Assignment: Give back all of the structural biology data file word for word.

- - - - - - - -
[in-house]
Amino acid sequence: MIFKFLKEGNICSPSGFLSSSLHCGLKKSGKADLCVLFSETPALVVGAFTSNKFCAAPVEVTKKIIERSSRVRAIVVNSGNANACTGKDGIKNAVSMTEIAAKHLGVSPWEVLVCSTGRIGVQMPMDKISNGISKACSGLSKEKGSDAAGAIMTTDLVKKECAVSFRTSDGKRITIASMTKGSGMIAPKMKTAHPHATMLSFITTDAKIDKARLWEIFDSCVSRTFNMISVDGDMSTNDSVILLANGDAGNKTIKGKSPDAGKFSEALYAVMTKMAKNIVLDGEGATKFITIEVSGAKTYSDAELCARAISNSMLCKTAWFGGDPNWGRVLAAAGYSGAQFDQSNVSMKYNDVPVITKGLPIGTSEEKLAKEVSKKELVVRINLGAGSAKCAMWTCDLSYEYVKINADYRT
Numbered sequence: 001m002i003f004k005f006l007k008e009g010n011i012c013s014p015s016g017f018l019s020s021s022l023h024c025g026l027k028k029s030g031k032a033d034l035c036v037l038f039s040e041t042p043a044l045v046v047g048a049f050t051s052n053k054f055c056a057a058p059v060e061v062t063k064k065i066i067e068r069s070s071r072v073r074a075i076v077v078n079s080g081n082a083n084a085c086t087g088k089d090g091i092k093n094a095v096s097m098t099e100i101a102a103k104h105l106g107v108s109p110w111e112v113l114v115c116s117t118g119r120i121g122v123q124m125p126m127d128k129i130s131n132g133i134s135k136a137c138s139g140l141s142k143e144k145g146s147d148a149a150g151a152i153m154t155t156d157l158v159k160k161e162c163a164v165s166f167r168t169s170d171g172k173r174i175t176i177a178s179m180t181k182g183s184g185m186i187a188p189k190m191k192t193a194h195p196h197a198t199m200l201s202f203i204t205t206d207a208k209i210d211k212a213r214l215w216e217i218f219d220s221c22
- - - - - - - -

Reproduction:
[in-house]
Amino acid sequence: MIFKFLKEGNICSPSGFLSSSLHCGLKKSGKADLCVLFSETPALVVGAFTSNKFCAAPVEVTKKIIERSSRVRAIVVNSGNANACTGKDGIKNAVSMTEIAAKHLGVSPWEVLVCSTGRIGVQMPMDKISNGISKACSGLSKEKGSDAAGAIMTTDLVKKECAVSFRTSDGKRITIASMTKGSGMIAPKMKTAHPHATMLSFITTDAKIDKARLWEIFDSCVSRTFNMISVDGDMSTNDSVILLANGDAGNKTIKGKSPDAGKFSEALYAVMTKMAKNIVLDGEGATKFITIEVSGAKTYSDAELCARAISNSMLCKTAWFGGDPNWGRVLAAAGYSGAQFDQSNVSMKYNDVPVITKGLPIGTSEEKLAKEVSKKELVVRINLGAGSAKCAMWTCDLSYEYVKINADYRT
Numbered sequence: 001m002i003f004k005f006l007k008e009g010n011i012c013s014p015s016g017f018l019s020s021s022l023h024c025g026l027k028k029s030g031k032a033d034l035c036v037l038f039s040e041t042p043a044l045v046v047g048a049f050t051s052n053k054f055c056a057a058p059v060e061v062t063k064k065i066i067e068r069s070s071r072v073r074a075i076v077v078n079s080g081n082a083n084a085c086t087g088k089d090g091i092k093n094a095v096s097m098t099e100i101a102a103k104h105l106g107v108s109p110w111e112v113l114v115c116s117t118g119r120i121g122v123q124m125p126m127d128k129i130s131n132g133i134s135k136a137c138s139g140l141s142k143e144k145g146s147d148a149a150g151a152i153m154t155t156d157l158v159k160k161e162c163a164v165s166f167r168t169s170d171g172k173r174i175t176i177a178s179m180t181k182g183s184g185m186i187a188p189k190m191k192t193a194h195p196h197a198t199m200l201s202f203i204t205t206d207a208k209i210d211k212a213r214l215w216e217i218f219d220s221c22